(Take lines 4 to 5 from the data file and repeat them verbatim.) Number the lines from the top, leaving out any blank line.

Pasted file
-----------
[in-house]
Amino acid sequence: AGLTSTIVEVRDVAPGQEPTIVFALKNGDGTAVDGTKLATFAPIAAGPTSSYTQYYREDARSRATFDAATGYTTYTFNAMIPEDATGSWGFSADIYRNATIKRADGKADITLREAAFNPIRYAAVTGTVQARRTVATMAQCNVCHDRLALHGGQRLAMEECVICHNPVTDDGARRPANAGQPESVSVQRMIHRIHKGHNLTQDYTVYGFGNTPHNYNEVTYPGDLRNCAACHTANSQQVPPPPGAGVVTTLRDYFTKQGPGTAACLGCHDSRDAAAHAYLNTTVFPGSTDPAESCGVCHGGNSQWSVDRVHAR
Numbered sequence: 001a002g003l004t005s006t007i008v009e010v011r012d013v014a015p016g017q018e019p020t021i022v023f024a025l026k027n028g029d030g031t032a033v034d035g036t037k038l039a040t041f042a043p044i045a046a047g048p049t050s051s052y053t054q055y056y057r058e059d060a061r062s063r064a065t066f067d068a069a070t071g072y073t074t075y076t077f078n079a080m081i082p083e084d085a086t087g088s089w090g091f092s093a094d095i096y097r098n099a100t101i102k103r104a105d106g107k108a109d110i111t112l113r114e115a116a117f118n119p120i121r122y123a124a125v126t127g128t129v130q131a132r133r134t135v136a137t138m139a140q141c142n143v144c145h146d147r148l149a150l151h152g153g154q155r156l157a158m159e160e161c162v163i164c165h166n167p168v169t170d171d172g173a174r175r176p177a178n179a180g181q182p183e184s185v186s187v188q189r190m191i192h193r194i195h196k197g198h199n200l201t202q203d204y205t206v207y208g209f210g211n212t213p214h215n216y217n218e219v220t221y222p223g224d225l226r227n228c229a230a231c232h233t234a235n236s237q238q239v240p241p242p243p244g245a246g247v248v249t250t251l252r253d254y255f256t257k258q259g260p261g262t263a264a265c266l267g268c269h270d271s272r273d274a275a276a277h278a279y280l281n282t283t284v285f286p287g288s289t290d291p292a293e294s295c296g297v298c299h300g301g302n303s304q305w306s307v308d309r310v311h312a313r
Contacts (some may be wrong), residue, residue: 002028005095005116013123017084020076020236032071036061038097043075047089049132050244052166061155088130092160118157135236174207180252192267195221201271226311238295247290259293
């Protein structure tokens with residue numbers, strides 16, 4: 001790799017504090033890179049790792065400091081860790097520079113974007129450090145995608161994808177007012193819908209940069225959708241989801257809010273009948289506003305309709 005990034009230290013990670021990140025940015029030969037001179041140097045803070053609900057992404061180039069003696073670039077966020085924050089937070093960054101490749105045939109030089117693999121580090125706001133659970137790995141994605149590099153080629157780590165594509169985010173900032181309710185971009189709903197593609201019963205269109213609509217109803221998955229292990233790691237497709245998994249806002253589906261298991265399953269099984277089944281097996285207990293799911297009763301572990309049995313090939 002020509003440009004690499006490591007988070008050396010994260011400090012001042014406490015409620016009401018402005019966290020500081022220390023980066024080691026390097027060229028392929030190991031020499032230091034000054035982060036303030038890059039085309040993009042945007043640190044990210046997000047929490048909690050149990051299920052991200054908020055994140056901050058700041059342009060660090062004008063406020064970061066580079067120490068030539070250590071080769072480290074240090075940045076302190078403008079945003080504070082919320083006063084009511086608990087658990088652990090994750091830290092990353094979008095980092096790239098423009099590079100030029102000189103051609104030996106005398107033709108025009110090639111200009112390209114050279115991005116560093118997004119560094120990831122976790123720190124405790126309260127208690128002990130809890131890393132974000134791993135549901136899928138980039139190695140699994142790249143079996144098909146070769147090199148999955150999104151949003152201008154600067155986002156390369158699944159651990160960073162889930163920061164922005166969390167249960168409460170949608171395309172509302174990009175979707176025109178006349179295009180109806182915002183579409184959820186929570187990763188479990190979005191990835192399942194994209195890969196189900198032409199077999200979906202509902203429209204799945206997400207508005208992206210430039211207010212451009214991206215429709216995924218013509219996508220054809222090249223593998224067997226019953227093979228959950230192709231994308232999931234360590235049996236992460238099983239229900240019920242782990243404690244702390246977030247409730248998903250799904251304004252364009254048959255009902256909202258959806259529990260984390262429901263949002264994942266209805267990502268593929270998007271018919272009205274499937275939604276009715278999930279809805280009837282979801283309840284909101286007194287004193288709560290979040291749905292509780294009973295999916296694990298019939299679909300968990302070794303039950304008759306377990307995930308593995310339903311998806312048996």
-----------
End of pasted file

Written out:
Contacts (some may be wrong), residue, residue: 002028005095005116013123017084020076020236032071036061038097043075047089049132050244052166061155088130092160118157135236174207180252192267195221201271226311238295247290259293
């Protein structure tokens with residue numbers, strides 16, 4: 001790799017504090033890179049790792065400091081860790097520079113974007129450090145995608161994808177007012193819908209940069225959708241989801257809010273009948289506003305309709 005990034009230290013990670021990140025940015029030969037001179041140097045803070053609900057992404061180039069003696073670039077966020085924050089937070093960054101490749105045939109030089117693999121580090125706001133659970137790995141994605149590099153080629157780590165594509169985010173900032181309710185971009189709903197593609201019963205269109213609509217109803221998955229292990233790691237497709245998994249806002253589906261298991265399953269099984277089944281097996285207990293799911297009763301572990309049995313090939 002020509003440009004690499006490591007988070008050396010994260011400090012001042014406490015409620016009401018402005019966290020500081022220390023980066024080691026390097027060229028392929030190991031020499032230091034000054035982060036303030038890059039085309040993009042945007043640190044990210046997000047929490048909690050149990051299920052991200054908020055994140056901050058700041059342009060660090062004008063406020064970061066580079067120490068030539070250590071080769072480290074240090075940045076302190078403008079945003080504070082919320083006063084009511086608990087658990088652990090994750091830290092990353094979008095980092096790239098423009099590079100030029102000189103051609104030996106005398107033709108025009110090639111200009112390209114050279115991005116560093118997004119560094120990831122976790123720190124405790126309260127208690128002990130809890131890393132974000134791993135549901136899928138980039139190695140699994142790249143079996144098909146070769147090199148999955150999104151949003152201008154600067155986002156390369158699944159651990160960073162889930163920061164922005166969390167249960168409460170949608171395309172509302174990009175979707176025109178006349179295009180109806182915002183579409184959820186929570187990763188479990190979005191990835192399942194994209195890969196189900198032409199077999200979906202509902203429209204799945206997400207508005208992206210430039211207010212451009214991206215429709216995924218013509219996508220054809222090249223593998224067997226019953227093979228959950230192709231994308232999931234360590235049996236992460238099983239229900240019920242782990243404690244702390246977030247409730248998903250799904251304004252364009254048959255009902256909202258959806259529990260984390262429901263949002264994942266209805267990502268593929270998007271018919272009205274499937275939604276009715278999930279809805280009837282979801283309840284909101286007194287004193288709560290979040291749905292509780294009973295999916296694990298019939299679909300968990302070794303039950304008759306377990307995930308593995310339903311998806312048996």